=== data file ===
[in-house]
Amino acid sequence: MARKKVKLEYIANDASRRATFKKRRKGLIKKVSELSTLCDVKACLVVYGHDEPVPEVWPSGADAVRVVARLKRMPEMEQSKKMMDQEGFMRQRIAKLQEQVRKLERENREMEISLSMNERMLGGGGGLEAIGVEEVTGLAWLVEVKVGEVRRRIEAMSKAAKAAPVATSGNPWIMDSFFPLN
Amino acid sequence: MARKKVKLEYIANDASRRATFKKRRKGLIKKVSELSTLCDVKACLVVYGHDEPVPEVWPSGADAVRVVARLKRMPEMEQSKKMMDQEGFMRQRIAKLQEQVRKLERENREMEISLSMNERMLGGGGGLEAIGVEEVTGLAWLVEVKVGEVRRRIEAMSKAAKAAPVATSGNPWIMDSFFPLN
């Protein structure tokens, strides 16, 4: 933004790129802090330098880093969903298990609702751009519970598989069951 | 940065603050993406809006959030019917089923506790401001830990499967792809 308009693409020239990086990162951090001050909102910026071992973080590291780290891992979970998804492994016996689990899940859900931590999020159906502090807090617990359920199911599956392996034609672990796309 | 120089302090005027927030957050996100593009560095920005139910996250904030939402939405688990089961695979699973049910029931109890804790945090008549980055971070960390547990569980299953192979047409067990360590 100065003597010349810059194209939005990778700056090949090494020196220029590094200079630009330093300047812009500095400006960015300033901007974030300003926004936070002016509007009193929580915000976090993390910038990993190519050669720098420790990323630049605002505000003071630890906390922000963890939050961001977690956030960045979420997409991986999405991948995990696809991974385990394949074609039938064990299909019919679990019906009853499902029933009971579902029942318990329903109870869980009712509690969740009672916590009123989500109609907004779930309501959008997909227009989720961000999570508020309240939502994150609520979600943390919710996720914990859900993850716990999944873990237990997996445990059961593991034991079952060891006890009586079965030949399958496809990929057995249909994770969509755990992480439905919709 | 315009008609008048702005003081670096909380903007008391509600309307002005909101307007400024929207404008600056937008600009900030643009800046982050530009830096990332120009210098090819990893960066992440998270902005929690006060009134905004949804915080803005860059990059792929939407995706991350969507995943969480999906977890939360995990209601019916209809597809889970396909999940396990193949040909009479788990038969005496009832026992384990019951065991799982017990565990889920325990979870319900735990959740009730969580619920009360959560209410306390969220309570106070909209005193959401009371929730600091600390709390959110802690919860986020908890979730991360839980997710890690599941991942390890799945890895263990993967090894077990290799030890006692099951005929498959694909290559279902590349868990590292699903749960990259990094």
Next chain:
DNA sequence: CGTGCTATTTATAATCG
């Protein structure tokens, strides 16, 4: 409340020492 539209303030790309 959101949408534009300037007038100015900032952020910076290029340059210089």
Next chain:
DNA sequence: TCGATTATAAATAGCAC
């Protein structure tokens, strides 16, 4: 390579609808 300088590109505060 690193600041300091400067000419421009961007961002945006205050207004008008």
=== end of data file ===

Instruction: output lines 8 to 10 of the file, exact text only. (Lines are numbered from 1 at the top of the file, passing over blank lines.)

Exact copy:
Next chain:
DNA sequence: TCGATTATAAATAGCAC
């Protein structure tokens, strides 16, 4: 390579609808 300088590109505060 690193600041300091400067000419421009961007961002945006205050207004008008």